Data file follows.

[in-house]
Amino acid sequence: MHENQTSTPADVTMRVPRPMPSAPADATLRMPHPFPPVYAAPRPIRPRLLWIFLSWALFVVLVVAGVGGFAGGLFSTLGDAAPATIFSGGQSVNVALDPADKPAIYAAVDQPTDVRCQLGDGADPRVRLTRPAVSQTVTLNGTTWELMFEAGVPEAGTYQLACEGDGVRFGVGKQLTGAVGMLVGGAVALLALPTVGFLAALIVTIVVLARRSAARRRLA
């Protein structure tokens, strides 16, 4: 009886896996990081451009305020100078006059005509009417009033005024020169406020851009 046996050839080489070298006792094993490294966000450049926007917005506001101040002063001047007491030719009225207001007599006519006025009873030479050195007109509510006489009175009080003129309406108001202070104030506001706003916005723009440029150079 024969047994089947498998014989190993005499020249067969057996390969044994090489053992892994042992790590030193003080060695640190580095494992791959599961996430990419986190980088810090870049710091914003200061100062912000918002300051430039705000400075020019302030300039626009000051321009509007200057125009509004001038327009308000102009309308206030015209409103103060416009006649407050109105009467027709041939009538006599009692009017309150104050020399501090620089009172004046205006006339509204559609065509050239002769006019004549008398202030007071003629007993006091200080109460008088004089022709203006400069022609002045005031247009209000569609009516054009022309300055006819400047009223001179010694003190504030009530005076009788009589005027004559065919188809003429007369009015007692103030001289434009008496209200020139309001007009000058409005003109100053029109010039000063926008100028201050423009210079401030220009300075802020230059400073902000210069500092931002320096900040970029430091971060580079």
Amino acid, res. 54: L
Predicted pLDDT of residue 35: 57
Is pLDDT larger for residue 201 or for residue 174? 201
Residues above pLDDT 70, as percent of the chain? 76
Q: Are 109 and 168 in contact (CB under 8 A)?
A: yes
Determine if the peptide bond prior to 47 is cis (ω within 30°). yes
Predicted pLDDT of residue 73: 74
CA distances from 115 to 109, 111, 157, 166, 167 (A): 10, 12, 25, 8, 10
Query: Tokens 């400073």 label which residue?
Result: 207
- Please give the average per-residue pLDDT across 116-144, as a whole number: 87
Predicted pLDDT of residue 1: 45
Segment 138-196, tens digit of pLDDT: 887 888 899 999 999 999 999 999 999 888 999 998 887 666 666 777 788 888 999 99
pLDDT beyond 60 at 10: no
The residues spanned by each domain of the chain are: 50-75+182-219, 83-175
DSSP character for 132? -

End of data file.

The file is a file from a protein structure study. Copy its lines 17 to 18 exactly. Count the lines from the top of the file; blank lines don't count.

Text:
Segment 138-196, tens digit of pLDDT: 887 888 899 999 999 999 999 999 999 888 999 998 887 666 666 777 788 888 999 99
pLDDT beyond 60 at 10: no